Ok, so to give my new Kindle a run for its money I need some recommendations for books to read on holiday. I don't mean "Introducing Server 2008 R2" or "Restful PHP", but more along the lines of a great fictional story.
I enjoy Dan Brown books, and books of that style. Action/Thriller's or even a little bit of Sci-fi. I'm not even looking for obscure recommendations - tell me something that you love that I might like, even if there's a good chance I've already read it. Oh, I also enjoy Chris Ryan/Andy McNab books, but haven't read many of them - so any recommendations on these too.
Ta muchly :D
from my facebook profile of books i like:
The Art of War
Bangers and Mash
Meg and Mog
War and Peace
The Beano Annual 1987
David Baldacci and Linwood Barclay are decent thriller/action writers. Do you like police procedurals/crime novels?
The Devil's Teardrop by Jeffrey Deaver. I think Deaver's writing the new James Bond plot.
Also Watership Down. It's a classic, often mistakenly thought of as a book for childen.
Patricia Cornwell has a great collection, Stieg Larsson has a great trilogy out, Kathy Reichs is another along the Cornwell route.
I always enjoyed science fantasy along the lines of Anne McCaffrey who wrote about the dragon worlds, good imaginative reading.
Just ordered 8 books from Amazon on Vietnam (true stories) to read on my hols in the Caribbean :D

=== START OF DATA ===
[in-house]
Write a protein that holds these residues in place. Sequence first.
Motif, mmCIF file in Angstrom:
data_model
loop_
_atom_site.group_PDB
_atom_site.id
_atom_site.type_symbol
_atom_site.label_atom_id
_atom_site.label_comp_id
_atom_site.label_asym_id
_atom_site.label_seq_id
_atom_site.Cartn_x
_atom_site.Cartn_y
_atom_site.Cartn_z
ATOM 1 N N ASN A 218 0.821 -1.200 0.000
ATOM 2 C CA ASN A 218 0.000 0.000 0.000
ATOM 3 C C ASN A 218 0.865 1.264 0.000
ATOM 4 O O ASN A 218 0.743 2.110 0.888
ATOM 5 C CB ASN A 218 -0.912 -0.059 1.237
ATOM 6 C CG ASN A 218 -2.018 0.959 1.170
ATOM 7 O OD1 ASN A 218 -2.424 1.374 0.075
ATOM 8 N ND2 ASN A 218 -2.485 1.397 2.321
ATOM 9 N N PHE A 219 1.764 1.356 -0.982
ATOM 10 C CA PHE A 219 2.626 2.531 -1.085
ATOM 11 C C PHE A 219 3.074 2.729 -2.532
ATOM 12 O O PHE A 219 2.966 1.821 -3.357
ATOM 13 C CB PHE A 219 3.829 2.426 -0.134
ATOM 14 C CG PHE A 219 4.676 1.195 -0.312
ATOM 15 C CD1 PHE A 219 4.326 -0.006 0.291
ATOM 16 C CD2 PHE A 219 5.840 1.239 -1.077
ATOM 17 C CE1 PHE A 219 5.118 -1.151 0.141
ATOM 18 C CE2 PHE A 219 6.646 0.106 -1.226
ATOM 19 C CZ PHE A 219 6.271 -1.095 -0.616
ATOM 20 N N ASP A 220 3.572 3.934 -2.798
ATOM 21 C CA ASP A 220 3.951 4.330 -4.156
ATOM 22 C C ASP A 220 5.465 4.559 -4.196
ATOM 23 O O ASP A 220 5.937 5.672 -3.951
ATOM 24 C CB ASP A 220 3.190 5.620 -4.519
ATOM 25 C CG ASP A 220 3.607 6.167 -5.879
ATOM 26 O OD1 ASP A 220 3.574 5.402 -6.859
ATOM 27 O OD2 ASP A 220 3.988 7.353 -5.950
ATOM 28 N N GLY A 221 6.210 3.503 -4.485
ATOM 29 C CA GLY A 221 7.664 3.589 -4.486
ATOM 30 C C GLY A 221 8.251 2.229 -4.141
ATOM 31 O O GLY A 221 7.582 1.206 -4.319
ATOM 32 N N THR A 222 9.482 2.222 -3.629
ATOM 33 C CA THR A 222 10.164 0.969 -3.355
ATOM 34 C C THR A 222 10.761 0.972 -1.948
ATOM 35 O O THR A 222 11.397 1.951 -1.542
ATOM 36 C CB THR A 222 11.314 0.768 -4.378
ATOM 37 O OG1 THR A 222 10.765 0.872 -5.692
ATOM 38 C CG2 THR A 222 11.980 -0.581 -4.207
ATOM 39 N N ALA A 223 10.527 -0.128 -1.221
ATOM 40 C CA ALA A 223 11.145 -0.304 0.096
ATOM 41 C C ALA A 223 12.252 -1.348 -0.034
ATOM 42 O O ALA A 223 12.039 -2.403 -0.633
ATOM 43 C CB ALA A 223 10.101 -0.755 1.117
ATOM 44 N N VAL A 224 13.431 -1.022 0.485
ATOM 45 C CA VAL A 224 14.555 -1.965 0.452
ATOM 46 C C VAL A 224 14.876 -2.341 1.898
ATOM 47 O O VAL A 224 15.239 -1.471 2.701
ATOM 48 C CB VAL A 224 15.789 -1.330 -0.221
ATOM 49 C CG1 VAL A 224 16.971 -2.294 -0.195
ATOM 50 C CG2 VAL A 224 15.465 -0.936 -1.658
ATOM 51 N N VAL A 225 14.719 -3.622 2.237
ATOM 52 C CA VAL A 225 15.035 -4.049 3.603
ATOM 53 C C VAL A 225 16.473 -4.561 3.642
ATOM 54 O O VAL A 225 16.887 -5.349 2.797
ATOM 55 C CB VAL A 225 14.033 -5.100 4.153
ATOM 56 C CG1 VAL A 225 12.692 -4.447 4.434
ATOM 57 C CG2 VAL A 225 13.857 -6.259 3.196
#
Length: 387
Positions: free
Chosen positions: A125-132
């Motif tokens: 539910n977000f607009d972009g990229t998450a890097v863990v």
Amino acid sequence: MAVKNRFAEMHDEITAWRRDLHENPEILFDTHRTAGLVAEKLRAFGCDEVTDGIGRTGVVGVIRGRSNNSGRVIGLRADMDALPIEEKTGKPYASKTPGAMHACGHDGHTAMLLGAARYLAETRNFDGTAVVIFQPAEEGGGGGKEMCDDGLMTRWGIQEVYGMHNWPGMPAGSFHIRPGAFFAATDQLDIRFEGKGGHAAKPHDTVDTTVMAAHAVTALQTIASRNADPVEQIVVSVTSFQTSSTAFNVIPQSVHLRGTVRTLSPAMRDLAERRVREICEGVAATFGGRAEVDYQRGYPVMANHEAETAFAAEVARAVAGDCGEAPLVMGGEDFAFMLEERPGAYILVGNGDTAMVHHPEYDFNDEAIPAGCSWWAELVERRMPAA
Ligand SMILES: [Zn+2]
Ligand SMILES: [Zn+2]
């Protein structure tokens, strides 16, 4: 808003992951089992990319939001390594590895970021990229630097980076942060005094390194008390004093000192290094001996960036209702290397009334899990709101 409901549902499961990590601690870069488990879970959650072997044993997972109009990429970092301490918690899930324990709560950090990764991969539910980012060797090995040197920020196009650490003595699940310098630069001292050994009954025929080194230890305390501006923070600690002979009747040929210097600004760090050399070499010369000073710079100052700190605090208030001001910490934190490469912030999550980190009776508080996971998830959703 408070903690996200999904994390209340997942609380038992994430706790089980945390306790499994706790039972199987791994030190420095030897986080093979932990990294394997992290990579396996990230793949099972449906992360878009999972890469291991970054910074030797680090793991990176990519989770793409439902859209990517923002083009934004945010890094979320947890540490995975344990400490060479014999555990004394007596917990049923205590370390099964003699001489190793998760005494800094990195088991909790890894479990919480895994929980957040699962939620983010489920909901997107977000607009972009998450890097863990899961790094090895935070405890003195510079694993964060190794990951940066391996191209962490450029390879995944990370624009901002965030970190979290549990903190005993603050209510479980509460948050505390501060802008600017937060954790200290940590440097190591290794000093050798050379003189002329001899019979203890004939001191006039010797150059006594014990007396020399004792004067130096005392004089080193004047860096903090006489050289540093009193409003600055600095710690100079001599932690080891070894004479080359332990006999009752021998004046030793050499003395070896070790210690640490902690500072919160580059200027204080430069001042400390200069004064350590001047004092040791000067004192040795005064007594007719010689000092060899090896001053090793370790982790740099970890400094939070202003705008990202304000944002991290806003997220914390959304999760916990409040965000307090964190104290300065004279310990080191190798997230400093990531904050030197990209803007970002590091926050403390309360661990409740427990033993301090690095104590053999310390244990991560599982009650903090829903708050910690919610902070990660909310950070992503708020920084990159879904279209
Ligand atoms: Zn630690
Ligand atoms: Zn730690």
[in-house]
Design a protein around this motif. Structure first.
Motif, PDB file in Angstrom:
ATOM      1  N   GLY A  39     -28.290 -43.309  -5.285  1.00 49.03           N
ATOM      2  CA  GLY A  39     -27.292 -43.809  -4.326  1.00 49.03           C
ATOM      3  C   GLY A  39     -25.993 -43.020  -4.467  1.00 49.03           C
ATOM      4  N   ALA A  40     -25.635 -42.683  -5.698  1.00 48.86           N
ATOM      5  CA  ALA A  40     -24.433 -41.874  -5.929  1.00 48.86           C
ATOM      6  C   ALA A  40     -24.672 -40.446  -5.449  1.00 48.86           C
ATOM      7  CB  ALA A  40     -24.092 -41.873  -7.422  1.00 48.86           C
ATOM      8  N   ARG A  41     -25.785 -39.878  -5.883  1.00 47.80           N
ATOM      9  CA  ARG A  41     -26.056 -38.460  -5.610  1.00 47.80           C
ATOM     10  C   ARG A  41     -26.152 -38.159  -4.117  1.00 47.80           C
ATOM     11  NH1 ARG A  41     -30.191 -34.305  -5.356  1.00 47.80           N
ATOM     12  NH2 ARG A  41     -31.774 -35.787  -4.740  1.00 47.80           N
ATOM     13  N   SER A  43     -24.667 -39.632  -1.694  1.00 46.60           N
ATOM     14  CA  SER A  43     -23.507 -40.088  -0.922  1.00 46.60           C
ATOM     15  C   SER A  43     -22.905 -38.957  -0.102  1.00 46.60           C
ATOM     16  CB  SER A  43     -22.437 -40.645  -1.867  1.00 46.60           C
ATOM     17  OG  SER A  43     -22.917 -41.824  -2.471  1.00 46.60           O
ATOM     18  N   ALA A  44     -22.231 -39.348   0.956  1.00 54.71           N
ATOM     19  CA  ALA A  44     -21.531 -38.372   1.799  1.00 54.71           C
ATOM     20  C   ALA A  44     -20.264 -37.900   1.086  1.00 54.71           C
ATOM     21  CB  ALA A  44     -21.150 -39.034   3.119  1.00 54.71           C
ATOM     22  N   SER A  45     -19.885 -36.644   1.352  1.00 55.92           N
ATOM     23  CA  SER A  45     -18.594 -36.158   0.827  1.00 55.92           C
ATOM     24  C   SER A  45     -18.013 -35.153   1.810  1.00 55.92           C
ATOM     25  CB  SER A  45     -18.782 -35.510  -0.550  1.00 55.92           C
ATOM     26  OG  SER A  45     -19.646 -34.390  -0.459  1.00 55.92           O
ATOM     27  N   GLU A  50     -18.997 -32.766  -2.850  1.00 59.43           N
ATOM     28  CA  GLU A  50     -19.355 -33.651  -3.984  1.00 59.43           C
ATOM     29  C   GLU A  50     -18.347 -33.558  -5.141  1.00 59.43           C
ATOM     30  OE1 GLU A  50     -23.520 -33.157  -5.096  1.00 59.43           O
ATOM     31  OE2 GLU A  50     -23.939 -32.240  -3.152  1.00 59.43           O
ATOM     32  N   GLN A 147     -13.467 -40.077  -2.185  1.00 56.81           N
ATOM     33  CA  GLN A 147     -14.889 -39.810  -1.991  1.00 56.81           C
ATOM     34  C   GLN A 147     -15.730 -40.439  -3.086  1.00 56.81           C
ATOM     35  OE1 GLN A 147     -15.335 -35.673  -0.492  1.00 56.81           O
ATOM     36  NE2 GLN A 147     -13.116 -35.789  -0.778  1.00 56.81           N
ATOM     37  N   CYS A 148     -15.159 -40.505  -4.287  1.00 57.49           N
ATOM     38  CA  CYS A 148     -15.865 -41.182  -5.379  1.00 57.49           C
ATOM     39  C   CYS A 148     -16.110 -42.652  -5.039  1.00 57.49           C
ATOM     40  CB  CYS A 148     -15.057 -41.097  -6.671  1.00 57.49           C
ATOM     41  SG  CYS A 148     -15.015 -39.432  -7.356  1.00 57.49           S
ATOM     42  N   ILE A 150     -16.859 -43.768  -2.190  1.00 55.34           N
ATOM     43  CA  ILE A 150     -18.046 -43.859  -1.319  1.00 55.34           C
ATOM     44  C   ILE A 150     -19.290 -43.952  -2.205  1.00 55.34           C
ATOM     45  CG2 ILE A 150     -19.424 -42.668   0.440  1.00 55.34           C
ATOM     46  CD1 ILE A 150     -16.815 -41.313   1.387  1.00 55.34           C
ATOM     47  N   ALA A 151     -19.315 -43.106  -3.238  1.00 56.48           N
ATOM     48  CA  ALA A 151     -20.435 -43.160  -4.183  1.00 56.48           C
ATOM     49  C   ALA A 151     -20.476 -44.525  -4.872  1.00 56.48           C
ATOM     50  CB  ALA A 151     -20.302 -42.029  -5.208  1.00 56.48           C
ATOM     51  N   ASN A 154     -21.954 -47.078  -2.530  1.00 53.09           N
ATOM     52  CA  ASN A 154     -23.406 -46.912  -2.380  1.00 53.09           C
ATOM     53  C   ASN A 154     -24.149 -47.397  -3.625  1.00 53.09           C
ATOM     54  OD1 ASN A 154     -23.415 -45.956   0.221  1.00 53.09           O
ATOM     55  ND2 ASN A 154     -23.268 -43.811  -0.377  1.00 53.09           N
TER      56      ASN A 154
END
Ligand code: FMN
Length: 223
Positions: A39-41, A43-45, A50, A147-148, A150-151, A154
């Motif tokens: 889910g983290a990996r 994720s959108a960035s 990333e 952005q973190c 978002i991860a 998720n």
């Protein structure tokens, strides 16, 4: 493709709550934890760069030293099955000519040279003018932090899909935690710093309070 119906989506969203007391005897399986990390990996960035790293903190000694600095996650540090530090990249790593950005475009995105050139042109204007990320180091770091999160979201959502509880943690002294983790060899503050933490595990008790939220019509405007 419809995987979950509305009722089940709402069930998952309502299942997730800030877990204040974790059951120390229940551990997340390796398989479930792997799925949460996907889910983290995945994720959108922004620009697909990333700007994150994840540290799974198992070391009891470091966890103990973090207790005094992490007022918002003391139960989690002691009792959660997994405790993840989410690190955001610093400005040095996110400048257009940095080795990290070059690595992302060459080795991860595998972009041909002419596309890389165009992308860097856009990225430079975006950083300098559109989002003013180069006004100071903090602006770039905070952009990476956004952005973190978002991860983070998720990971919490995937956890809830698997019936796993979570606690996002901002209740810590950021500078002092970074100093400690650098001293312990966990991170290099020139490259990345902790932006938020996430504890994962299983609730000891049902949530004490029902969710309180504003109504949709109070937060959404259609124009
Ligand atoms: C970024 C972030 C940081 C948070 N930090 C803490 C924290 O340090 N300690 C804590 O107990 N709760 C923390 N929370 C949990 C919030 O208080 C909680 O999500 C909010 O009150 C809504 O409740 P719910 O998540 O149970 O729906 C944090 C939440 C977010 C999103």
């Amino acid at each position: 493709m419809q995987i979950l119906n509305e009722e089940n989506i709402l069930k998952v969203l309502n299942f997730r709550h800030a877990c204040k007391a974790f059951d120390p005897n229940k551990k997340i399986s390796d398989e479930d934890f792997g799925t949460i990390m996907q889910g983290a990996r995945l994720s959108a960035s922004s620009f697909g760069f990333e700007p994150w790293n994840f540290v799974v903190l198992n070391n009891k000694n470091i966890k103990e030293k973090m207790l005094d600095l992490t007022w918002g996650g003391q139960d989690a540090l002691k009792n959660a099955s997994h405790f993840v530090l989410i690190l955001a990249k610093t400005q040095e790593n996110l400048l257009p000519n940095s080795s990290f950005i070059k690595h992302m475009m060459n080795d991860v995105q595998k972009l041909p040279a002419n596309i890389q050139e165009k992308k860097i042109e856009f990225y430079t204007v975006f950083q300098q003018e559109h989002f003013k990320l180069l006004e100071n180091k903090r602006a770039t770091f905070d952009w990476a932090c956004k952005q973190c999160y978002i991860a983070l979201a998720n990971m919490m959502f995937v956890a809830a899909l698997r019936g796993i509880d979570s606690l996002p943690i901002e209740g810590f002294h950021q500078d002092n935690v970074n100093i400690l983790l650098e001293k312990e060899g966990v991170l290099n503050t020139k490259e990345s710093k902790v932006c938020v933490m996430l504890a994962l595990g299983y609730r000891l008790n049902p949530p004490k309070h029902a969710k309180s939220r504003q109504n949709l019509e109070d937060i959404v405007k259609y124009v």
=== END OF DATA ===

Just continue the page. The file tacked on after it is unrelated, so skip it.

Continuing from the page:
There are lots more, but alongside the reading I also enjoy someone telling the story to me so have 100s of audio books too. :D
Lee Child's Reacher series are my brain dead read of choice. Good mystery and plenty of descriptive violence. The books aren't specifically linked in series but there are some loose themes running through them so start at the beginning.
"Eight Lives Down" by Chris Hunter was a very good read. Bomb disposal expert in Iraq.
"Sniper One" by Dan Mills was also an excellent read.
Following a bit of a theme if you are into the SAS, "Ghost Force" by Ken Connor is an excellent history that links in with the world politics of the times.
Andy McNab - Didn't like his Nick Stone stories, the actual stories were good but the overarching storyline was so depressing I just had to stop. His book, "Seven Troop" was excellent though especially as I have read other biographies that linked in with his.
Really enjoying Daniel Silva books at the moment, though I have no idea what order they meant to be in but just finished "The Kill Artist" and "The Mark Of The Assassin" & really enjoyed them both. Weaves a good yarn.
Terry Pratchett is always a fav of mine, especially the City Watch books. His "Good Omens" done with Neil Gaiman is also brilliant.
Neal Stephenson does a good line of tech/maths fiction. "Snow Crash" is just brilliant, "Diamond Age" is a lovely tale but can get a bit confusing if you don't pay attention and "Cryptonomicon" if you want some hardcore reading with added mathematics, history and technology.
Should do you for starters.
Anything by Stephen King, Ian Fleming or Freddy Forsythe (not Bruce) :-)
Why, what's wrong with Freddy Bruce?!??!??!?
Originally Posted by HallX
What about the Dark Tower collection. Or for a good long read but well worth it, Stephen Kings The Stand.